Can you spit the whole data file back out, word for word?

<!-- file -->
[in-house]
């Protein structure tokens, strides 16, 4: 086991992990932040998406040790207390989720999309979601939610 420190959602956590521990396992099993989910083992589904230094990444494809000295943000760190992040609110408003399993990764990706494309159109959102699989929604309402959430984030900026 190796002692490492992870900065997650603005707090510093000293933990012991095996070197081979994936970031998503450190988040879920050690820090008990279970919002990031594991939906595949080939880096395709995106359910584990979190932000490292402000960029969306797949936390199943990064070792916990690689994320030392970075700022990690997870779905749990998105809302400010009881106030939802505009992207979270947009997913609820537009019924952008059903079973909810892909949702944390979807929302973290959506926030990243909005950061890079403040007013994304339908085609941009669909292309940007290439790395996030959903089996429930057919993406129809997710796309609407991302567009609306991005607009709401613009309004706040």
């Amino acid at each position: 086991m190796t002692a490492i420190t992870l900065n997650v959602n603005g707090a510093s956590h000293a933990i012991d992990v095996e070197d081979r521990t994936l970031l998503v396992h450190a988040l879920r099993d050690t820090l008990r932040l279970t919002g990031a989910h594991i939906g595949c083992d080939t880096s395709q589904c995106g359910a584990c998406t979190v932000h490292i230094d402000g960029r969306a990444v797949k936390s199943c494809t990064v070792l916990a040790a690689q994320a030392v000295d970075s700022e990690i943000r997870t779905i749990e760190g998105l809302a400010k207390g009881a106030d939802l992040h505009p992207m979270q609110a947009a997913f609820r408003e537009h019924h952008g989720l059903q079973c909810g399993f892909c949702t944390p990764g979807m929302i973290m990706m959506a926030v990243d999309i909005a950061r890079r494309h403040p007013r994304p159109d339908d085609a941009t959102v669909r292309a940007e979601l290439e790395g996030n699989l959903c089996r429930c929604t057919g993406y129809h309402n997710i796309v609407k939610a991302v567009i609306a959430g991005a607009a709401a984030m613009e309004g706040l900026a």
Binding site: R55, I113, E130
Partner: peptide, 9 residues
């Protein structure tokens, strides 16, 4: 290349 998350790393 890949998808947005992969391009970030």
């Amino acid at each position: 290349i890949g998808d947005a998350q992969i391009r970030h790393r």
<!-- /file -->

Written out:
[in-house]
């Protein structure tokens, strides 16, 4: 086991992990932040998406040790207390989720999309979601939610 420190959602956590521990396992099993989910083992589904230094990444494809000295943000760190992040609110408003399993990764990706494309159109959102699989929604309402959430984030900026 190796002692490492992870900065997650603005707090510093000293933990012991095996070197081979994936970031998503450190988040879920050690820090008990279970919002990031594991939906595949080939880096395709995106359910584990979190932000490292402000960029969306797949936390199943990064070792916990690689994320030392970075700022990690997870779905749990998105809302400010009881106030939802505009992207979270947009997913609820537009019924952008059903079973909810892909949702944390979807929302973290959506926030990243909005950061890079403040007013994304339908085609941009669909292309940007290439790395996030959903089996429930057919993406129809997710796309609407991302567009609306991005607009709401613009309004706040």
């Amino acid at each position: 086991m190796t002692a490492i420190t992870l900065n997650v959602n603005g707090a510093s956590h000293a933990i012991d992990v095996e070197d081979r521990t994936l970031l998503v396992h450190a988040l879920r099993d050690t820090l008990r932040l279970t919002g990031a989910h594991i939906g595949c083992d080939t880096s395709q589904c995106g359910a584990c998406t979190v932000h490292i230094d402000g960029r969306a990444v797949k936390s199943c494809t990064v070792l916990a040790a690689q994320a030392v000295d970075s700022e990690i943000r997870t779905i749990e760190g998105l809302a400010k207390g009881a106030d939802l992040h505009p992207m979270q609110a947009a997913f609820r408003e537009h019924h952008g989720l059903q079973c909810g399993f892909c949702t944390p990764g979807m929302i973290m990706m959506a926030v990243d999309i909005a950061r890079r494309h403040p007013r994304p159109d339908d085609a941009t959102v669909r292309a940007e979601l290439e790395g996030n699989l959903c089996r429930c929604t057919g993406y129809h309402n997710i796309v609407k939610a991302v567009i609306a959430g991005a607009a709401a984030m613009e309004g706040l900026a």
Binding site: R55, I113, E130
Partner: peptide, 9 residues
């Protein structure tokens, strides 16, 4: 290349 998350790393 890949998808947005992969391009970030």
């Amino acid at each position: 290349i890949g998808d947005a998350q992969i391009r970030h790393r």